As creatives, one of the biggest challenges we face is overcoming creative block and keeping ourselves actively inspired. Here I list my 5 top favourite ways to conquer creative block and get the creative juices flowing!
You don't have to draw to be inspired in a museum but they are my favourite places to do just that! I find looking at all the interesting and often beautiful objects in the local museums to be particularly inspiring and will incorporate elements of the style of historical artwork and carvings into my own designs, such as my Bestiary Project illustrations. Drawing in one of the quieter museums such as the Classical Archeology Museum in Cambridge is also very relaxing and concentrating on observational drawing helps to free up my thinking and make tackling more structured briefs easier.
If you are running into a block on a creative project, getting out of your studio and drawing something else is often the perfect way to un-stick your brain!
(You can see some of my own Museum sketchbook work over on my Tumblr blog.)
2. Drawn From a Hat!
One of my creative workshop plans involves drawing random descriptive features out of a 'hat' and combining them to create a creature or character design. Although I created it for workshops I find this randomised drawing exercise a great way to loosen up and get the creative juices flowing! It helps me to stop over-thinking my creative process and reduce tension before tackling a more structured task.
You can try this at home yourself fairly easily by writing out a list of features, cutting them up and sticking them in a bowl and the exercise can work just as well for non monster-related work by changing the type of words you use!
3. Talk to other creatives!
Being a creative freelancer often becomes rather solitary work, particularly if your work is mostly digital like my own. One of the things I missed the most on graduating from university was the studio culture there, which allowed us to share ideas and advice and generally feed off the positive creative atmosphere.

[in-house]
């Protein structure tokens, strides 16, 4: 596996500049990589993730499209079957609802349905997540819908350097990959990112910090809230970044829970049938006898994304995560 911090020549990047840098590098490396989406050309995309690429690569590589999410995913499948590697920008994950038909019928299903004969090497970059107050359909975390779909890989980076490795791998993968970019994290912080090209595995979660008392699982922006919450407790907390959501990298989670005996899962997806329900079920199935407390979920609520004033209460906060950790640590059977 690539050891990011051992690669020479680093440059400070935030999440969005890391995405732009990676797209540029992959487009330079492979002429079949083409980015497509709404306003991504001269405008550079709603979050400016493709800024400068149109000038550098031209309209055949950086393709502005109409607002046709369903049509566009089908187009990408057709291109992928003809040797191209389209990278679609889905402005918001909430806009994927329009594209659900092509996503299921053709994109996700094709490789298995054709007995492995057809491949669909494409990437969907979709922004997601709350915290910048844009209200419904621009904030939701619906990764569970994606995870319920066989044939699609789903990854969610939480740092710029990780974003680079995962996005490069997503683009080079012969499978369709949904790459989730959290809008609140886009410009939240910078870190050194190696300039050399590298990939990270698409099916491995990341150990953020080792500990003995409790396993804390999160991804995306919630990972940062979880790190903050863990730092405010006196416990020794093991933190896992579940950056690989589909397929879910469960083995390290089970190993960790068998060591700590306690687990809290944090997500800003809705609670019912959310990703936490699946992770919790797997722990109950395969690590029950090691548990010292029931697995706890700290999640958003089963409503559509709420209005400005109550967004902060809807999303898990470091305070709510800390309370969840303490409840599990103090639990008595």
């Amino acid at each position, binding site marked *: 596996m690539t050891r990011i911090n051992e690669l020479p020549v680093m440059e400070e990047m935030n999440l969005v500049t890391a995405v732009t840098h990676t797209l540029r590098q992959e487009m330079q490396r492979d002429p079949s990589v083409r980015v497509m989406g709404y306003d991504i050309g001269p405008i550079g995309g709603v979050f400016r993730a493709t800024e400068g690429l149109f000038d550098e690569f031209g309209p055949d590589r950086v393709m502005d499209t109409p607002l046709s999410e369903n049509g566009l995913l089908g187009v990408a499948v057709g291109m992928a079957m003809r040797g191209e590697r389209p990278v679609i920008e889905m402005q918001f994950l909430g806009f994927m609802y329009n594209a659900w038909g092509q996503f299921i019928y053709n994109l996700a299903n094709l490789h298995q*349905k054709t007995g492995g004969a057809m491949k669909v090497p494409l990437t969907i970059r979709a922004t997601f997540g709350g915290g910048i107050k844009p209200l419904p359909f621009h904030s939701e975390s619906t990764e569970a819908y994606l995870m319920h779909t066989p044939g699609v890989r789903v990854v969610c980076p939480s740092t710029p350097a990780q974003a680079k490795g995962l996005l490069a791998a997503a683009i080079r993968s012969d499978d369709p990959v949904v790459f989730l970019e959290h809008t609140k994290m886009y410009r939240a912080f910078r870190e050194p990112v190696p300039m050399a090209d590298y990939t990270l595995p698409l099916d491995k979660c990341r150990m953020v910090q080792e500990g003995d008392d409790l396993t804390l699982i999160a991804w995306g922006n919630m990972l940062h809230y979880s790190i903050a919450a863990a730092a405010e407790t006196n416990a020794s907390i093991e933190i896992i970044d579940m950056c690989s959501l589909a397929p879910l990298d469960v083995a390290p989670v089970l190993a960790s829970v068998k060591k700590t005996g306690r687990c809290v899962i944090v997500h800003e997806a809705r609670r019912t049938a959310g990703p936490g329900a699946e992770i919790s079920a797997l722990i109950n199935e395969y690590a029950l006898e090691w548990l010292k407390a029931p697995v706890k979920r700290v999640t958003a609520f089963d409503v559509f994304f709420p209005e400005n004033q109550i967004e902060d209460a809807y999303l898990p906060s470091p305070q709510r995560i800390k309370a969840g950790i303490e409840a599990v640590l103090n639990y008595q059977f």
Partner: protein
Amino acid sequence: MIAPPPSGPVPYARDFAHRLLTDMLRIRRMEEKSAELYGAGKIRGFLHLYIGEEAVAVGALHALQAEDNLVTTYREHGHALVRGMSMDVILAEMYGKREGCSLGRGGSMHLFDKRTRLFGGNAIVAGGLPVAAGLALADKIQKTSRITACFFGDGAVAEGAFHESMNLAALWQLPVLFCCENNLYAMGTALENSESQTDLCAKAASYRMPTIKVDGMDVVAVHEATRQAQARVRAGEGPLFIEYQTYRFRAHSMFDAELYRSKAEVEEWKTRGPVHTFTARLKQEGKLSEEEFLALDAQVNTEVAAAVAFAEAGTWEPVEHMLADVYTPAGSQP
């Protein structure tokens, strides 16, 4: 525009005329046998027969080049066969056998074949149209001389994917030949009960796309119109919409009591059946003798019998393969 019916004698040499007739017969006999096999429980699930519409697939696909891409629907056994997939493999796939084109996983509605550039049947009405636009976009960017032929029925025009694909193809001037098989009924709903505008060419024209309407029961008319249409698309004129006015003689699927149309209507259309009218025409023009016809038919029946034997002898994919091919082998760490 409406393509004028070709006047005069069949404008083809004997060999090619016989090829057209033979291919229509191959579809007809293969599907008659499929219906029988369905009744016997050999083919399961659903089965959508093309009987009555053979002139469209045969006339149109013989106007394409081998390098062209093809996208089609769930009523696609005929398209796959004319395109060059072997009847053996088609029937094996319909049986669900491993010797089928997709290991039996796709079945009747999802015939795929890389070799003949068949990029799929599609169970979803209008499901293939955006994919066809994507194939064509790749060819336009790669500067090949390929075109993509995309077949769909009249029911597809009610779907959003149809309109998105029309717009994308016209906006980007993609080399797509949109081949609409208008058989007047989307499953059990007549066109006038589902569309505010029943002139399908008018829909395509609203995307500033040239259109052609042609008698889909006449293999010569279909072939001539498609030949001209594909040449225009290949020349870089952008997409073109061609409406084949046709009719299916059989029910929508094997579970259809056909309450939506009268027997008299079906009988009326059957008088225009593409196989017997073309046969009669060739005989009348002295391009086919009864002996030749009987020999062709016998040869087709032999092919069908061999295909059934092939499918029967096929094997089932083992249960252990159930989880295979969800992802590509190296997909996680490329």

If you can't afford to rent space in a shared studio, going to network meetings is a great substitute for the studio culture, helping you to meet new people, get some good advice and be inspired.
Network meetings are not only essential to expanding your own connections as a freelancer, they are also a hotbed of creative inspiration! Nothing beats being in a room full of other creative people, all crazily enthusiastic about their crafts and willing to share their expertise and advice with you. Whenever I've felt disheartened about my work or stuck on a brief, talking through my ideas with other members of my network has given me an invaluable boost both to my confidence and my inspiration.
In Cambridge there are several groups you can attend regularly (I go to all of these):
- Cambridge Creative Network (monthly)
- Cambridge Illustration Network (quarterly)
- Dr Doodley's Drink and Draw (fortnightly)
It may seem obvious, but the foundation of any good project is your research. Even if that just means googling references and sketching your subject in as many different ways as possible, good research is what turns good work into great work and if you're stuck on a project it might just mean that you didn't do enough of it!
However, when you're really feeling stuck, sitting in front of your laptop scanning google is probably not the best thing for you! Don't just rely on the internet; get out of your studio and go find the references and inspiration you need to get you going again:
- Go to the library and find books on your subject with lots of nice pictures in and read up on any quirky little details and facts which could help give you back that creative spark.
- Go out to the museums (again), find exhibits relevant to your topic and get inspired.
- Find exhibitions of work by creatives you love. Study their work and try to figure out what it is about their work that inspires you and let that feed into the way you approach your own work without copying.
5. Just keep drawing!
The most important thing of all is to just keep creating. It doesn't matter if you hate 90% of the drawings you make, as long as you keep creating eventually you will break through that mental block that is keeping you from achieving your objective. Use loose sheets of paper or cheap stapled sketchbooks so you don't get too precious and sketch everything you see; all the objects on your desk, the view out your window, people on the street, buildings, the cat, yourself, your dinner...everything!
The absolute worst thing to do when you're stuck on a project is to stop working!
If I stop drawing when I hit a creative block, it takes me three times as long to figure out the next step and get going again than it does if I keep sketching references, reading up on my subject or just go out drawing in museums every day until I crack it. Take your creativity out for a walk!
Never stop and never give up!